Dickie Bird of Barnsley

Harold 'Dickie' Bird and Simon 'The Analyst' Hughes

Harold Dennis (Dickie) Bird, was born at Church Lane Barnsley 19 April 1933. (Simon Hughes in the photo wasn’t born in Barnsley) so no ball him
In the 2012 New Years Honours list Dickie was  awarded the OBE.
The award could so easily have been the OBU or Old Blind Umpire but well done Dickie. Other sporting awards for Yorkshire folk go to Jamie Peacock from Leeds Rhinos and Taekwondo champion Sarah Stevenson from Doncaster.

 

Pre Umpiring

  • Dickie has a damaged knee and couldn’t play his first choice sport of football.
    He started cricket in the nets at Barnsley Cricket Club.
    Two team mates at that time were Michael Parkinson and Geoff Boycott.
    In his autobiography Dickie tells of the time when Boycott refused to open the batting with Dickie preferring to bat no3. Dickie and Eddie Legard then proceeded to score 182 to win the game before a frustrated Boycott  could get in to bat.
    Barnsley also fostered other great cricketers including Martyn Moxon, Darren Gough and Arnie Sidebottom.
    Dickie played for Yorkshire County Cricket Club 1958-64 in the same side as Fred Trueman, Bob Appleyard and Johnny Wardle.
    After retiring from county cricket he coached and played league cricket before becoming an umpire.

Umpiring Era

  • Dickies first county game was in 1970 and his first Test match was  England v New Zealand at Headingley in 1973.
    One negative memory of his umpiring days was Dickie’s reputation for stopping play for weather.
    After a pitch invasion when the West Indies won the world cup Dickie lost his white hat. A year later as passenger on a London bus he noticed the conductor was wearing a hat similar to the one he lost and asked the conductor where he obtained it from.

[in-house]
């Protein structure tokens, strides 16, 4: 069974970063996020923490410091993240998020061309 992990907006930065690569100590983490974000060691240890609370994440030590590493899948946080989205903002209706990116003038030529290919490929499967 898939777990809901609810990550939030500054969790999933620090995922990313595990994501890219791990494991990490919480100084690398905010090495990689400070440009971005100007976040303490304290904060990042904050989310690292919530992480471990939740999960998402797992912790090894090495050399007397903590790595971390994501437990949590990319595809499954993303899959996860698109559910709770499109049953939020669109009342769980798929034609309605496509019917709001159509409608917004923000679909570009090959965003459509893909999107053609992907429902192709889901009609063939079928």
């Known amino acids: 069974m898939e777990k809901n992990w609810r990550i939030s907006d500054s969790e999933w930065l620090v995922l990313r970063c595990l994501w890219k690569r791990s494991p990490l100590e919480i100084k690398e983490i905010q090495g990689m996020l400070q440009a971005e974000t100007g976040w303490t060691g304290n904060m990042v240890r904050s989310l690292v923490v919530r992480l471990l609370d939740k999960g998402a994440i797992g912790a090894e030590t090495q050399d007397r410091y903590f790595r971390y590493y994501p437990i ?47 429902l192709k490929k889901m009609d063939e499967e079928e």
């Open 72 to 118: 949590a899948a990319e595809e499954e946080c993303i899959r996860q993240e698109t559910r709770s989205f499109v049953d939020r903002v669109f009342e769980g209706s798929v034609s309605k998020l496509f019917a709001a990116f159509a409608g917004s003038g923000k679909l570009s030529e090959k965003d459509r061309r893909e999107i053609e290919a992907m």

“Man, haven’t you heard of Mr Dickie Bird,” he replied. “This is one of his hats. I took it off his head at the World Cup final… we all ran onto the field and I won the race.” Apocryphal or not it is one of Dickie’s favourite after dinner stories.
    Affectionately remembered for his sense of humour and on field idiosyncrasies Dickie retired from umpiring in 1996 at the age of 63.

Since Umpiring

  • Dickie wrote his humerous autobiography simply titled My Autobiography that has sold more than a million copies.(and many of these several times over via charity book shops)
    The Dickie Bird Foundation was set up with “The vision of the Foundation is to assist young people under 18 years of age to participate, to the best of their ability, in the sport of their choice irrespective of their social circumstances, culture or ethnicity and to ensure that, in doing so, they improve their chances both inside and outside sport”
    Dickie has more honorary degrees from Yorkshire Universities than he has A levels.
    Harold Dennis (Dickie) Bird MBE 1986. As a Barnsley lad he could have been nicknamed the Bird Bard of Barnsley

Umpiring Career 1970-1998 from Dickie’s own web site

1970 Stood in his first county game

1973 Stood in his first Test Match. England V New Zealand July 5-10 at Headingley

1973 Stood in his first ODI England V New Zealand July 20th Manchester

1995 Stood in his last ODI England V West Indies May 26th The Oval

1996 Stood in his last Test Match England V India May 26th Lords

1998 Stood in his last County Match Yorkshire V Warwichshire

2007 Dickie came out of retirement in January 2007 to umpire the XXXX Gold Beach Cricket Tri-Nations series involving cricket legends from England, the West Indies, and Australia, which took place at Scarborough beach in Perth, Australia .

 

Related

The Best of Dickie Bird on audio CD from Amazon

Wisden on Yorkshire
Photo on creative commons license by Badger Swan on flickr
Fiery Fred Trueman Fantastic Raconteur

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